Further, although current guidelines recommend standard prophylaxis with posaconazole, a potential argument against the use of this agent for primary prophylaxis is the concern of resistance in the setting of breakthrough fungal infections. Posaconazole is one of the broadest antifungal agents available, with activity against resistant Candida spp, Aspergillus, Cryptococcus, Coccidioides, Blastomyces, Histoplasma, and Zygomycetes.4 Prophylaxis with such a highly active and broad-spectrum antifungal agent could favor the emergence and growth of resistant fungal strains. A cohort study of AML patients (N = 250) receiving intensive chemotherapy revealed that 24% of patients experienced a breakthrough IFI (17.6% possible IFI and 6.4% probable or proven). All patients with a breakthrough IFI had received posaconazole prophylaxis, and 35% of these patients were switched to liposomal amphotericin B for treatment.13 For the treatment of resistant fungal infections, echinocandins have a limited role outside of resistant Candida spp. Amphotericin B is the remaining broad-spectrum antifungal agent with a different mechanism of action that can treat fungal strains resistant to azoles. Liposomal amphotericin B is available only as an IV solution, and administration of this medication requires extensive support, which may not be feasible over a long term. Therefore, some providers may prefer to start with a narrower-spectrum agent and reserve posaconazole for patients who have a breakthrough IFI later in treatment.

Voriconazole is a broad-spectrum, mold-active azole but notably lacks activity against Zygomycetes. Although voriconazole has been extensively studied for the treatment of invasive aspergillosis in patients with hematologic malignancies, data on voriconazole for prophylaxis are very limited. In a randomized open-label study (N = 127), IV voriconazole was compared with IV itraconazole and found to have no difference in the incidence of IFIs or mortality. However, of note, this study failed to reach its target accrual number.14Additional single-center cohort studies have reported rates of proven or probable IFIs between 4% and 7% in AML/MDS patients undergoing induction chemotherapy with voriconazole prophylaxis at 200 mg orally twice daily.15,16

Isavuconazole is the newest mold-active triazole, with activity against yeast, molds, and dimorphic fungi. It is currently approved for the treatment of invasive aspergillosis and mucormycosis. Although isavuconazole does not extend posaconazole’s spectrum of activity, this agent seems to have more predictable pharmacokinetics in adults and fewer serious adverse effects.17 Early testing of isavuconazole for antifungal prophylaxis in AML and MDS patients has begun, but additional phase-3 trials are warranted to better determine this novel agent’s role.18

Fluconazole is a non-mold-active azole with activity against Candida spp (except C. krusei), Coccidioides, Histoplasma, and Cryptococcus spp. Despite having no mold coverage, fluconazole remains an attractive antifungal prophylaxis agent because it is available in IV and oral formulations, is well tolerated, has fewer significant drug-drug interactions, and has a significantly lower cost. Fluconazole 400 mg orally once daily has been shown to reduce both the incidence and mortality of IFIs when compared with placebo in adult AML patients receiving induction chemotherapy.19 Further, when compared with amphotericin B, fluconazole was found to be as efficacious but better tolerated.20,21 Fluconazole has also been directly compared with itraconazole, which has a wider spectrum of activity that includes Aspergillus. Though itraconazole has been shown to significantly reduce IFIs compared with fluconazole, no difference was detected for IFI-associated or all-cause mortality between the two agents, and itraconazole has poor gastrointestinal tolerability.22,23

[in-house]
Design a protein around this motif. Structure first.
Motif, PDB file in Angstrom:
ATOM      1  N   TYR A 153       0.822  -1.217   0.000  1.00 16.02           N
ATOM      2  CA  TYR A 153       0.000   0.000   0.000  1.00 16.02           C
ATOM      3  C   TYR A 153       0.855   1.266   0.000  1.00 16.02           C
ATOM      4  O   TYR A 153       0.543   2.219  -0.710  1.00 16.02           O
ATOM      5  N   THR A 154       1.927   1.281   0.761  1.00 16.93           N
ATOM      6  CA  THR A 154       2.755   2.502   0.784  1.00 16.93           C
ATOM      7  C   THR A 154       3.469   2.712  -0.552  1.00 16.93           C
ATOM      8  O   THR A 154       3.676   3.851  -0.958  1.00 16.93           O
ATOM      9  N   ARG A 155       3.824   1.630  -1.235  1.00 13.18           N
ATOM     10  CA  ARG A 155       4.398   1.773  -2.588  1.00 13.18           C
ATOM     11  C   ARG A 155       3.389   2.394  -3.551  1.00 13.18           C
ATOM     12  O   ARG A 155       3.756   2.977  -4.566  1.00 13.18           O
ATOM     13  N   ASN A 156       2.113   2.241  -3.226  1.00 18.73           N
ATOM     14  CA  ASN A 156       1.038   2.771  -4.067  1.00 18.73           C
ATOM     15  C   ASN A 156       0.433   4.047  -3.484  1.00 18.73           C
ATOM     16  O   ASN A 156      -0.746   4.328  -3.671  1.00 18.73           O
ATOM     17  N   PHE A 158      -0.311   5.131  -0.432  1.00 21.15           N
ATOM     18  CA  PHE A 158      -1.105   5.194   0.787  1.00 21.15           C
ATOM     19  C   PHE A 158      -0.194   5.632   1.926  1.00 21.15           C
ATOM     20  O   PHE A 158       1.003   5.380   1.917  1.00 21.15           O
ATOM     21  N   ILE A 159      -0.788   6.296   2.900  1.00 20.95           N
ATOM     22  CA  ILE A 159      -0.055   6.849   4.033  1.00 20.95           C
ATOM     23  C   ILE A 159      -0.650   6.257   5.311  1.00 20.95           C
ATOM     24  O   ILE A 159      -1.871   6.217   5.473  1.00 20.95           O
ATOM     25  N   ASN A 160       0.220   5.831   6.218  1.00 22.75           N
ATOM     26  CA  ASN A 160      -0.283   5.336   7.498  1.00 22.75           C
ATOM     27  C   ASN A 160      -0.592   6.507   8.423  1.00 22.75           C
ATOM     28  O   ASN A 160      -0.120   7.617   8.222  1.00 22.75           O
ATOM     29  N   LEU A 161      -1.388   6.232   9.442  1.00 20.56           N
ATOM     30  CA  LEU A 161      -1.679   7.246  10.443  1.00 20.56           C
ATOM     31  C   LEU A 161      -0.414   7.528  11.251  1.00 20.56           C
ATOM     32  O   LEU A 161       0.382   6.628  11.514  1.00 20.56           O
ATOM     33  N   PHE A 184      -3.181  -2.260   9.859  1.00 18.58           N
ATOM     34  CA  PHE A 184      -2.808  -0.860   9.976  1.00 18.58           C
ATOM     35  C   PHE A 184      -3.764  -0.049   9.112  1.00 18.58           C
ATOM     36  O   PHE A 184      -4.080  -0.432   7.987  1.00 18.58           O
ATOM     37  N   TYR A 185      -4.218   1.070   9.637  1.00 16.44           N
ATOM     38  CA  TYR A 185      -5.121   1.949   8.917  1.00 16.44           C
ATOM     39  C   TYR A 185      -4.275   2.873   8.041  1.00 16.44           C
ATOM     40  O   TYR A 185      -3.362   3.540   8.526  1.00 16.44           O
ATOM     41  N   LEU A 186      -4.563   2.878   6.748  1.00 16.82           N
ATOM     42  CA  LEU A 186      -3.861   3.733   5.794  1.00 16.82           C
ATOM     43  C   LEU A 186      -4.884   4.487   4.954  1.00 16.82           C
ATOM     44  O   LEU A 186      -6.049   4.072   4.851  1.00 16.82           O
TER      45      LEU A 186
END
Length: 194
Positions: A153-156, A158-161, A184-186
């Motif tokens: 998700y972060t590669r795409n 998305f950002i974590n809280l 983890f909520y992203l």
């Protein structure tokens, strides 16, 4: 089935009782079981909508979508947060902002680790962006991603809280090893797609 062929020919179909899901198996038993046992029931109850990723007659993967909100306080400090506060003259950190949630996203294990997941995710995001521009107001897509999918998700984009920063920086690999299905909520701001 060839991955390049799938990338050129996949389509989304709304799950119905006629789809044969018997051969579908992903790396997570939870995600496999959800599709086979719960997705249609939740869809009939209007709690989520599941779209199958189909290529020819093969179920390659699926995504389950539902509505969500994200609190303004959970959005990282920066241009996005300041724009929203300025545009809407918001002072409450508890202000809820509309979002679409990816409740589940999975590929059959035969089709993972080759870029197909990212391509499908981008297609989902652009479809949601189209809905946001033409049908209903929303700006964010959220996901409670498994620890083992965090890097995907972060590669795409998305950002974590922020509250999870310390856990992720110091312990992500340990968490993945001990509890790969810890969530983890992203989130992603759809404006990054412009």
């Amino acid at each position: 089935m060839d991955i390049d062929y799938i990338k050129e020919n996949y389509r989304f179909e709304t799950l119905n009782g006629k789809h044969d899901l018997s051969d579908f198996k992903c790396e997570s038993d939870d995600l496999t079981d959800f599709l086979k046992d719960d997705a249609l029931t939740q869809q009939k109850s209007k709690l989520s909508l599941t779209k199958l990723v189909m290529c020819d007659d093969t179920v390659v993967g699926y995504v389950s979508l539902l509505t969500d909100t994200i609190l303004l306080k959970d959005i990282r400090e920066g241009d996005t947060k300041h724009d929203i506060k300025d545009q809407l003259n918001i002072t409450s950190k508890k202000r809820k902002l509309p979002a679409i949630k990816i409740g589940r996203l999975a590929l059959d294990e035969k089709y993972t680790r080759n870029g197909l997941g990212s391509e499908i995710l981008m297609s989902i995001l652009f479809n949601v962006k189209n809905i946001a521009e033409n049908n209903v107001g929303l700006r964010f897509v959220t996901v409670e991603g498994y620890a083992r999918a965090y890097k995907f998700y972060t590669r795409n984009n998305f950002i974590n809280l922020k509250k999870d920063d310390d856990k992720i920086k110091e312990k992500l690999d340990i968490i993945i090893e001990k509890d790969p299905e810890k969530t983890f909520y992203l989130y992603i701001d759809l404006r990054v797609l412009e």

With fluconazole, voriconazole, and posaconazole being the three most common azoles currently used for antifungal prophylaxis, cost is an additional factor to be considered. With the average duration of neutropenia being approximately 30 days,8 the average wholesale price for 30-day prophylaxis with fluconazole, voriconazole, and posaconazole is $859.50, $3,014.70, and $6,777.00, respectively. However, drug cost alone is not the sole contributor to a cost-effective strategy. When medication costs and costs to treat IFIs were analyzed together, Monte Carlo simulations showed that posaconazole is more cost effective when compared with fluconazole/itraconazole or when compared with voriconazole for prophylaxis during induction chemotherapy.24,25

The echinocandins (caspofungin, micafungin, and anidulafungin) are exclusively available as IV formulations and have activity against Candida and Aspergillus spp; however, they have no in vitro activity against Zygomycetes and Fusarium spp.4 In an open-label randomized study, patients with AML or MDS undergoing induction chemotherapy were randomized to receive caspofungin (n = 106) or itraconazole (n = 86) for primary prophylaxis. No differences between the two groups were seen in the incidence of IFIs, IFI-associated and all-cause mortality, or adverse effects.26 Although no randomized controlled trials have been conducted with micafungin or anidulafungin in the prophylaxis setting, the echinocandins are often thought to be interchangeable, and the institution-specific formulary agent can be used. The NCCN guidelines recommend micafungin as a category-2B alternative to posaconazole for antifungal prophylaxis.6

In conclusion, fluconazole has been shown to prevent IFIs in AML patients compared with placebo, but it lacks mold coverage. Epidemiological studies reveal that the characteristics of IFIs in leukemia patients have evolved in the last 2 decades because of the implementation of azole prophylaxis in the early 1990s. Candida spp that are fluconazole resistant (C. krusei) or susceptible-dose-dependent (C. glabrata) are estimated to account for more than 80% of candidiasis infections in leukemia patients.27 In addition, it has been estimated that more than half of proven or probable IFIs in AML patients are caused by molds,28 and mortality rates from aspergillosis are reported as high as 50% in neutropenic patients.29 With the high morbidity and mortality associated with an IFI, using an anti-mold agent as primary prevention during induction chemotherapy may outweigh the risks of increases in drug-drug interactions, toxicities, and cost; however, patient-specific characteristics should always be considered.